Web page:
Saturday, March 8, 2008

Question Time - HSR Land Impact

NOTE: We've moved! Visit us at the California High Speed Rail Blog.

A recurring feature here at the California High Speed Rail Blog will be answering questions about the project, particularly those that involve common misconceptions on the part of low-information voters. These might be questions that come up in the comments, in e-mail, or on other websites (as is the case with this inaugural edition).

The first one comes from the CAHSR Facebook group:

Where do you propose this railway go? Undeveloped land in CA is practically non-existent and I think we should save what we do have left. This is a great idea, but its large-scale development could do more harm than good for our disappearing CA natural habitat. What do you guys think?


This is a perfect example of someone who has heard about the concept of high speed rail in CA but knows nothing about its details. In fact, the California High Speed Rail Authority produced a detailed Implementation Plan back in 2002.

The plan explains that the HSR tracks will be built alongside existing rails, particularly in urban areas. In the Bay Area, it will follow the Caltrain line from the Transbay Terminal in downtown SF to Gilroy. In SoCal it will follow the Metrolink line from Palmdale to downtown LA, and then south to Irvine. The route to San Diego follows rail lines out to Riverside, and then follows Interstate 15 to downtown SD.

In the Central Valley the HSR tracks will follow the UP line down the spine of the valley from Bakersfield to Sacramento. The only construction along new right-of-way (ROW) would be between the Bay Area and the Central Valley and between the Bakersfield and Palmdale. Even in these cases the line is expected to follow existing roads - such as Highway 152 over the Pacheco Pass - as much as possible.

Following existing ROW - and especially existing track - means that the impact to surrounding communities is minimal, while bringing those cities immense value. The HSR stations would be upgrades and extensions of existing stations, such as LA Union Station, or are already at the centerpiece of urban planning, such as the Transbay Terminal in SF. Virtually all the cities along the line want HSR and support its construction.

The route over the Pacheco Pass is controversial, as will be discussed in future posts here. And although there will be some impacts to land, the environmental benefits of HSR - including its low carbon footprint, non-oil based propulsion, and mass transit aspects - would help mitigate any land impact. Finally, the HSR implementation plan seeks to limit the ability of localities to use HSR as an engine for sprawl, and there have been efforts to write language into the bond proposal to provide strong development rules and open space protection measures.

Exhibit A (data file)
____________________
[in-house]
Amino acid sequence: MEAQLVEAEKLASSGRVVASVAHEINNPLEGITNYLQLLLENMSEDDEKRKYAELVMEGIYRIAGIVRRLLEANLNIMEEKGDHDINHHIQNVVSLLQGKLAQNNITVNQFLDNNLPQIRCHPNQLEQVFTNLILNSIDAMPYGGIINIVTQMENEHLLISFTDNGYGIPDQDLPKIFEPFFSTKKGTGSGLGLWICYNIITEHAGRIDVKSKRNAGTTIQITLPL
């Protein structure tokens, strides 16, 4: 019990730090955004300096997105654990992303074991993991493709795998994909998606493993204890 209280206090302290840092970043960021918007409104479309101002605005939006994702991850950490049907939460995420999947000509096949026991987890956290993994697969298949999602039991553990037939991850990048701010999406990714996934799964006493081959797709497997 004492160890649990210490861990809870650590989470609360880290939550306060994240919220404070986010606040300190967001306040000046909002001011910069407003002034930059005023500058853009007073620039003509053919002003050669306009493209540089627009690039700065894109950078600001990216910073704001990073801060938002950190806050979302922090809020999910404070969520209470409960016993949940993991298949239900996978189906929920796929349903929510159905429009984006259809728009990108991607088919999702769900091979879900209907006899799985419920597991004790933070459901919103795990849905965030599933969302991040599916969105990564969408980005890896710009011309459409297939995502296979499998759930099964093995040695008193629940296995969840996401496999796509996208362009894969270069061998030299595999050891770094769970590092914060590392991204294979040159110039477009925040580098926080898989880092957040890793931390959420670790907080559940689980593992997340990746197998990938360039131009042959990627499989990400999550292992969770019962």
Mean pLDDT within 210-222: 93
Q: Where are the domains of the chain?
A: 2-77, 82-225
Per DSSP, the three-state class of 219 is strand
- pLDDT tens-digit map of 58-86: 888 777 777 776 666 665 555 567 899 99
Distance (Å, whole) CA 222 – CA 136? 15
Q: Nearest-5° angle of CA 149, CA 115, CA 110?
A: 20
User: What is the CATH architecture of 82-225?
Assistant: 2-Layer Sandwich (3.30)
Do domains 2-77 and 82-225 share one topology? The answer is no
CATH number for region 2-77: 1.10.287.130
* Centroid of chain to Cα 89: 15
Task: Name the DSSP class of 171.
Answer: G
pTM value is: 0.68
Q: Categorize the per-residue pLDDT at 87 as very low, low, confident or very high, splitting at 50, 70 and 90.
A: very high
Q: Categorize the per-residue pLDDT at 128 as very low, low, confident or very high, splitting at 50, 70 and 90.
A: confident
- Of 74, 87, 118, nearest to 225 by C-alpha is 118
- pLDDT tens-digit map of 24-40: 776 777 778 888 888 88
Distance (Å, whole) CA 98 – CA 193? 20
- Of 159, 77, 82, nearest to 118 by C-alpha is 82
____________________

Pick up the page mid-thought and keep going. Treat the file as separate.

Consider the alternatives - expansion of airports and freeways is far more damaging to the environment, requires more land, and is more costly to both the state and the individual traveler than HSR.

5 comments:

無名 - wu ming said...

the last line is key.

people compare this to the status quo, and get worried about the impact of the new HSR construction, when in fact the choice is between:

a) a future of new high speed rail

b) a future of expanded airports and highways (which have much greater environmental and fiscal costs)

c) a future of ever-increasing gridlock if nothing new is done.

of those three choices, i'll take the train.

ps. saw a flyer recently, looks like calpirg is starting to lobby for HSR.

Pantograph Trolleypole said...

The question is valid and has more to do with access than alignment. Yes the lines will follow railroad ROW, but it will also create better access for people from the central valley to get in San Francisco and Los Angeles. Many people already live in Tracy and commute to SF or Bakersfield to LA perhaps a few days a week. With better access from HSR this allows people to get there faster therefore opening up land to development. While I think HSR is still the way to go, this is an important issue that needs to be ironed out, how do we keep from eating up valuable farmland with endless sprawl.

PS. I'm glad to see a blog starting up on this topic. Thanks for doing it!

Robert Cruickshank said...

wu, those are excellent points, and I am planning to develop those in future posts. I have also heard that Cal-PIRG is getting active for HSR, which is great - they have a strong campus presence and as the Facebook group shows, college students instinctively get the value of this plan. They definitely need to be mobilized.

pt, glad to see you found the site - I was just going to leave a comment at yours introducing this place.

You're right about the possible impacts especially in the Central Valley. HSR has very strong support there, especially from local governments and developers who want to use it to promote more sprawl. This is a problem, especially as some environmentalists are already upset with the Pacheco Pass alignment. I think that it's wrong to place on HSR alone the burden of containing sprawl in the Valley - that really needs to be done at both the state and the local level - but it is an issue that will continue to arise.

Pantograph Trolleypole said...

I completely agree. It's bad when people try to tie saving the world with one project when its really a number of different things. Here in San Francisco, BART is supposed to be everything to everyone when really we need a real metro network that seems like its never coming. We have an excellent bus network with heavy rail and commuter rail for commuting but not a high density heavy rail metro. HSR is part of the puzzle too along with land use codes and possible growth boundaries.

Farley said...

Yeah, I landed here after recieving an email from the Yahoo CHSRA group. I'm putting a link to this site on mine... already have for the overhead wire.